You can view the current or previous issues of Diabetes Health online, in their entirety, anytime you want.
Click Here To View
Latest Complications & Care Articles
Popular Complications & Care Articles
Highly Recommended Complications & Care Articles
Send a link to this page to your friends and colleagues.
A new analysis from Johns Hopkins University shows that women with diabetes are 50 percent more likely to die if they have breast cancer. Why? The challenges of diabetes management play a role, as well as women's overall health.
According to Kimberly Peairs, an assistant professor of medicine at Johns Hopkins University School of Medicine and the study's lead author, "When patients are faced with a diagnosis of breast cancer, which they see as an imminent threat to their lives, diabetes care often goes on the back burner."
The study, published in last month's issue of the Journal of Clinical Oncology, showed that diabetic women faced multiple problems. They were more likely to be diagnosed with an advanced form of breast cancer. And because of their pre-existing illness, they were more likely to be treated with less effective drugs or suffer from toxic side effects of chemotherapy.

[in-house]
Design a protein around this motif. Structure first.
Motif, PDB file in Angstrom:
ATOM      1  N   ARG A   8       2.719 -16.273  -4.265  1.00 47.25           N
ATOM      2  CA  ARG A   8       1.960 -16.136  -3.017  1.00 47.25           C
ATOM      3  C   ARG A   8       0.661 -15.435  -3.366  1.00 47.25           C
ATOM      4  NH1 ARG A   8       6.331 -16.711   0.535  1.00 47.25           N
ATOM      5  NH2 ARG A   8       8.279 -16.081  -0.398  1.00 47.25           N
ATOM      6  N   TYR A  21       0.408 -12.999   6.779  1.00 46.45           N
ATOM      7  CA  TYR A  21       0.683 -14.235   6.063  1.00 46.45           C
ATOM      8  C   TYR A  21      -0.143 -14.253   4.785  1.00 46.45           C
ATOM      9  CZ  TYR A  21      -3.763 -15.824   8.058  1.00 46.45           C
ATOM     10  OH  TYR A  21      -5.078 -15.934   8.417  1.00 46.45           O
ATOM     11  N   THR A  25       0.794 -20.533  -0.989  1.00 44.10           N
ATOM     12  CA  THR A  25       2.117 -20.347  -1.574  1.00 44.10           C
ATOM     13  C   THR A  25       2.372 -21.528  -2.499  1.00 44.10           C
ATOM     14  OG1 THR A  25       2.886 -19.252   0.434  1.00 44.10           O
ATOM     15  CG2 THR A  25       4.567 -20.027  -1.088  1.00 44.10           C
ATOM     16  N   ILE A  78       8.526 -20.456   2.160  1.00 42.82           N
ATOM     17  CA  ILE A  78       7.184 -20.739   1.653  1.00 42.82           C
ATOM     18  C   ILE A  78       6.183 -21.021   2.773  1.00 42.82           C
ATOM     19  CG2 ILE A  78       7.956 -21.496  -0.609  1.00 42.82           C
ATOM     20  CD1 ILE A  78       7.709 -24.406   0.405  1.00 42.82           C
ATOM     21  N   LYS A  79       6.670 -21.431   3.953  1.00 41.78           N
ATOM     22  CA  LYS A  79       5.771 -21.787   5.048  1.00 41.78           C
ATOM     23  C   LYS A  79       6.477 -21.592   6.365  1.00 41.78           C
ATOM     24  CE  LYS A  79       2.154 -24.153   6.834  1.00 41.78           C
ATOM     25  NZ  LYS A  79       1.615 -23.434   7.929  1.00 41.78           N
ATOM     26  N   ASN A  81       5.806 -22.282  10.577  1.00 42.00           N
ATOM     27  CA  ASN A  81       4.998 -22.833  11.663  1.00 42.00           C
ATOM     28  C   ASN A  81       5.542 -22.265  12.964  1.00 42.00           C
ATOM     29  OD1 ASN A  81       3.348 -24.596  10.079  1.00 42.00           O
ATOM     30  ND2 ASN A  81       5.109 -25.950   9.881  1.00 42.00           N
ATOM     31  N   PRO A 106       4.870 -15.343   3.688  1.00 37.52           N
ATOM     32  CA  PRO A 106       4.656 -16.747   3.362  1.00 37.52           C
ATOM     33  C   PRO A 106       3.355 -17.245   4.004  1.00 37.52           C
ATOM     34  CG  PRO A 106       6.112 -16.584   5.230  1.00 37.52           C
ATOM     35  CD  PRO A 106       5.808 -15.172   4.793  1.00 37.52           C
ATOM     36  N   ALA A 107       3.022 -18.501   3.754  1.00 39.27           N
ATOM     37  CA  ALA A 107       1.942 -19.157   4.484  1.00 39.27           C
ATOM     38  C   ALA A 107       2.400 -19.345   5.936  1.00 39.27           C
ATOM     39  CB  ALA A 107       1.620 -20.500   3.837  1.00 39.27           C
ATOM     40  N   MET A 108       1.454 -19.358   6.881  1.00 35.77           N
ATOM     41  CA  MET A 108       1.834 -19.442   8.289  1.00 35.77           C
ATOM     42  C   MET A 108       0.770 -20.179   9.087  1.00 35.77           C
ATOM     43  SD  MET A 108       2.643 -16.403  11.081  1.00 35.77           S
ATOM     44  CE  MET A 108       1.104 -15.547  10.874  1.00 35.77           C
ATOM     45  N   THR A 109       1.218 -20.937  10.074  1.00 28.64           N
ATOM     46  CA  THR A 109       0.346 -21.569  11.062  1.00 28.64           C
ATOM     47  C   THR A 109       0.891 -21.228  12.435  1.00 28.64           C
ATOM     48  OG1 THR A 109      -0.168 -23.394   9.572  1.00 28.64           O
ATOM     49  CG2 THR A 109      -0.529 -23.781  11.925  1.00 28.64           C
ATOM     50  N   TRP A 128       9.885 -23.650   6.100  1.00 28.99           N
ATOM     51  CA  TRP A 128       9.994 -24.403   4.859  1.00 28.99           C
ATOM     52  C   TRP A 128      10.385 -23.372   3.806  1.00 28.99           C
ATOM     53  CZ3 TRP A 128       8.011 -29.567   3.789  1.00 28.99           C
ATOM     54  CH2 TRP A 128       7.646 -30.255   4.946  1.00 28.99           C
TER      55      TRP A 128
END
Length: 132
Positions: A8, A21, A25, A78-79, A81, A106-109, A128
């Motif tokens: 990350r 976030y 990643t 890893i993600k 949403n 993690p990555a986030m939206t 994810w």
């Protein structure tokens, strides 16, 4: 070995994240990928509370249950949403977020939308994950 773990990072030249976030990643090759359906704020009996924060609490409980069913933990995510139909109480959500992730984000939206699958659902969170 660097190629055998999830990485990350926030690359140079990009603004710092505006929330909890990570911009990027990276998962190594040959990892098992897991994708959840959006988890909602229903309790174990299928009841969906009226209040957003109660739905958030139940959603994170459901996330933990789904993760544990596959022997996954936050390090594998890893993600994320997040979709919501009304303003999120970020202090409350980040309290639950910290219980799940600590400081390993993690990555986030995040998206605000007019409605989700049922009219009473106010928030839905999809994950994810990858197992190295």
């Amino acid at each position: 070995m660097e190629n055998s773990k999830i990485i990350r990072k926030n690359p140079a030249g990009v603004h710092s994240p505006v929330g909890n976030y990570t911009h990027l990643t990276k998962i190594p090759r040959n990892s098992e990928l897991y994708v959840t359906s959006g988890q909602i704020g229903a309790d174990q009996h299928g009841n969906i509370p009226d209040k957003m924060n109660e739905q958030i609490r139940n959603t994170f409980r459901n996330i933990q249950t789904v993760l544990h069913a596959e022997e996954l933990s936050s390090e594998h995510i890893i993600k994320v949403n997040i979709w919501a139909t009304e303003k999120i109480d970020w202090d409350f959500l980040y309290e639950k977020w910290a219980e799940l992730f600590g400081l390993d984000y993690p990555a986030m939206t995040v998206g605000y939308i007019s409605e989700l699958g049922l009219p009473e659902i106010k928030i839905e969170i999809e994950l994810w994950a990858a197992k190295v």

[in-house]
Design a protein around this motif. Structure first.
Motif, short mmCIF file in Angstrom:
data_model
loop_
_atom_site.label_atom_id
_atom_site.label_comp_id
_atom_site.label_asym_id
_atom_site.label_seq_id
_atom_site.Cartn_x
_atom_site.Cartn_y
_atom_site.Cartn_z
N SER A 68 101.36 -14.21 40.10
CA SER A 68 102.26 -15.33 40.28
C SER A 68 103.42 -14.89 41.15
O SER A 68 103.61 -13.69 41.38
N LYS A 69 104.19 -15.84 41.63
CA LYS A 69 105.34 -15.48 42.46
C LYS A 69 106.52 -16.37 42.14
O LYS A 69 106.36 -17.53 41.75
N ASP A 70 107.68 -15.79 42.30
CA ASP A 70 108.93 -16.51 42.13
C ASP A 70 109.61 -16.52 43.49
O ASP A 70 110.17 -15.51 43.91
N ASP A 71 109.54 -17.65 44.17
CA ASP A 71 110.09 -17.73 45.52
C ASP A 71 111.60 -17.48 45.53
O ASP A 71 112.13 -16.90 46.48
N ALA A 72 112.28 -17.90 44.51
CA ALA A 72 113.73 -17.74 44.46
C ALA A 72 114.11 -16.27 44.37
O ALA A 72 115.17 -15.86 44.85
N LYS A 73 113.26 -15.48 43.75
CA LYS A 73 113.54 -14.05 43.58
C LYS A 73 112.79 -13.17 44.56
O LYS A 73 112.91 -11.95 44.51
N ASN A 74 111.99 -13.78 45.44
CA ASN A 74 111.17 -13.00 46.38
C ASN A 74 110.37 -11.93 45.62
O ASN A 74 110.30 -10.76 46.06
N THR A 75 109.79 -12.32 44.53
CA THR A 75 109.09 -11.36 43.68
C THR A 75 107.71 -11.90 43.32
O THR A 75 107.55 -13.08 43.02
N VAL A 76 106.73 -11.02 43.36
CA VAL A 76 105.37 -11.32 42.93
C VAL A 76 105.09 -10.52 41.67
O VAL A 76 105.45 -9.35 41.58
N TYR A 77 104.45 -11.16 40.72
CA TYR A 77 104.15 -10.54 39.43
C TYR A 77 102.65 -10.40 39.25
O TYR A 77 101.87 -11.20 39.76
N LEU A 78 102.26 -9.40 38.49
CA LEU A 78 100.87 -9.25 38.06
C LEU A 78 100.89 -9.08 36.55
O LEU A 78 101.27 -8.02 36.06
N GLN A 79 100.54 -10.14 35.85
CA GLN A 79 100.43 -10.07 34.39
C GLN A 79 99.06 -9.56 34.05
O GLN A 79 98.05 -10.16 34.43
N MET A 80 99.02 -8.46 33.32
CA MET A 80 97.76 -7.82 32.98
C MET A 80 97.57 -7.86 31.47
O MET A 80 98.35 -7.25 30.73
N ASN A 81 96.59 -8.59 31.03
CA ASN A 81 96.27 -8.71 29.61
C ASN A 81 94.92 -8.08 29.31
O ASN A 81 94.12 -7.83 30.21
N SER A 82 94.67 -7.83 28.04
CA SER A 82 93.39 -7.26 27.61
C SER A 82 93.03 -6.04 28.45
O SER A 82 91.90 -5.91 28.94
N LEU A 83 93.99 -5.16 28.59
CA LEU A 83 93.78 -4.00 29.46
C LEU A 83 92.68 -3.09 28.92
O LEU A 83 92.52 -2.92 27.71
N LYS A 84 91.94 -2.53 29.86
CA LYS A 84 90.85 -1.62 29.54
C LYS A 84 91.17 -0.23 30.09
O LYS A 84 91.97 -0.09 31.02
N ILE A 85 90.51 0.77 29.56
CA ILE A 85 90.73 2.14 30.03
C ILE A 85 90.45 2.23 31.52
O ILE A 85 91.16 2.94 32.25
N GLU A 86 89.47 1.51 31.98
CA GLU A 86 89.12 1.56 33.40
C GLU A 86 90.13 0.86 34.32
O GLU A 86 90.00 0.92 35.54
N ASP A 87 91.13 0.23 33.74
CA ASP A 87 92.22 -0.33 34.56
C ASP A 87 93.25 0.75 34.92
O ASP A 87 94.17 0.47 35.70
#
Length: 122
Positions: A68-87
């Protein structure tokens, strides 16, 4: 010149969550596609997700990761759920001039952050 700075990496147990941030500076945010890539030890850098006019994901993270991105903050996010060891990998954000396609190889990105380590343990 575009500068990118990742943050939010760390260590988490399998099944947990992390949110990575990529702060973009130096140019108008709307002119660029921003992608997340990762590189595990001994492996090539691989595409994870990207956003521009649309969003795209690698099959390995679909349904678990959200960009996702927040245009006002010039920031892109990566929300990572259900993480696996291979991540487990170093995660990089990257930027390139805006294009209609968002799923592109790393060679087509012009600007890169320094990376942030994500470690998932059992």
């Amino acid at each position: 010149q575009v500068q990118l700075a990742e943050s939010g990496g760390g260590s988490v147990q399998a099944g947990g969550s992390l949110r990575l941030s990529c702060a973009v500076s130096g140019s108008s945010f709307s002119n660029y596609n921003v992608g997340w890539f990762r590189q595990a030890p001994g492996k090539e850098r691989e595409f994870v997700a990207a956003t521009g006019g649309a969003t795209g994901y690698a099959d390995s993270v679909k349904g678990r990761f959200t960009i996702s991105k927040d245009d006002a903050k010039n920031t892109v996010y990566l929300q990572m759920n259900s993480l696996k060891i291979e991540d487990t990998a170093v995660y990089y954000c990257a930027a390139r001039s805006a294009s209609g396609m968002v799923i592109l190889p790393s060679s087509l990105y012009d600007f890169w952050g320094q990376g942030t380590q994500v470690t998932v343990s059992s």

But that's not all. As is often the case with diabetes, an array of risk factors are par for the course.
Type 2s are more likely to suffer from a constellation of health problems, including obesity and high blood pressure, research shows, along with a higher breast cancer risk. That overall health picture could contribute to their increased death rate, Peairs said.
"This research suggests we may need to proactively treat the diabetes as well as the cancer," she said.
Where do researchers go from here? They may look at how insulin levels affect tumor growth. They're also interested in seeing if improvements in diabetic control can also improve cancer outcomes.
The study was a meta-analysis of previously published studies that collected data about patients dealing with cancer and diabetes, and the outcomes of those illnesses. It was funded by the National Institutes of Health and the American Cancer Society, among others.
Diabetes Health is the essential resource for people living with diabetes- both newly diagnosed and experienced as well as the professionals who care for them. We provide balanced expert news and information on living healthfully with diabetes. Each issue includes cutting-edge editorial coverage of new products, research, treatment options, and meaningful lifestyle issues.